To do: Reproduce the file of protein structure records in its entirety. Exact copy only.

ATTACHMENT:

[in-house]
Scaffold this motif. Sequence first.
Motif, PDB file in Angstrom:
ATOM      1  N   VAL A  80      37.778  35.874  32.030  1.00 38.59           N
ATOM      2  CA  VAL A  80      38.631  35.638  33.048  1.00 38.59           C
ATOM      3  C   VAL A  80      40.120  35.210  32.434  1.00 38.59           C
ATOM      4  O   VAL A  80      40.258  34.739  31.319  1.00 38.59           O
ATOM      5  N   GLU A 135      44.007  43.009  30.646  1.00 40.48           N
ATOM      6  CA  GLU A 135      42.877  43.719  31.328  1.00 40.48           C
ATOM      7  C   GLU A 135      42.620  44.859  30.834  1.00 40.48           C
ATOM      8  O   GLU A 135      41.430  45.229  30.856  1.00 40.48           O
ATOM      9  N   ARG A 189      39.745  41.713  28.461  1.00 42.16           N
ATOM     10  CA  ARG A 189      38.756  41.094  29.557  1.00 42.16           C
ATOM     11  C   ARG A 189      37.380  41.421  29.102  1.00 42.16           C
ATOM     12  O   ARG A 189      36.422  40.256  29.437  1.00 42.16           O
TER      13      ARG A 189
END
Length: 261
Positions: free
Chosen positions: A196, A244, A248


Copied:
[in-house]
Scaffold this motif. Sequence first.
Motif, PDB file in Angstrom:
ATOM      1  N   VAL A  80      37.778  35.874  32.030  1.00 38.59           N
ATOM      2  CA  VAL A  80      38.631  35.638  33.048  1.00 38.59           C
ATOM      3  C   VAL A  80      40.120  35.210  32.434  1.00 38.59           C
ATOM      4  O   VAL A  80      40.258  34.739  31.319  1.00 38.59           O
ATOM      5  N   GLU A 135      44.007  43.009  30.646  1.00 40.48           N
ATOM      6  CA  GLU A 135      42.877  43.719  31.328  1.00 40.48           C
ATOM      7  C   GLU A 135      42.620  44.859  30.834  1.00 40.48           C
ATOM      8  O   GLU A 135      41.430  45.229  30.856  1.00 40.48           O
ATOM      9  N   ARG A 189      39.745  41.713  28.461  1.00 42.16           N
ATOM     10  CA  ARG A 189      38.756  41.094  29.557  1.00 42.16           C
ATOM     11  C   ARG A 189      37.380  41.421  29.102  1.00 42.16           C
ATOM     12  O   ARG A 189      36.422  40.256  29.437  1.00 42.16           O
TER      13      ARG A 189
END
Length: 261
Positions: free
Chosen positions: A196, A244, A248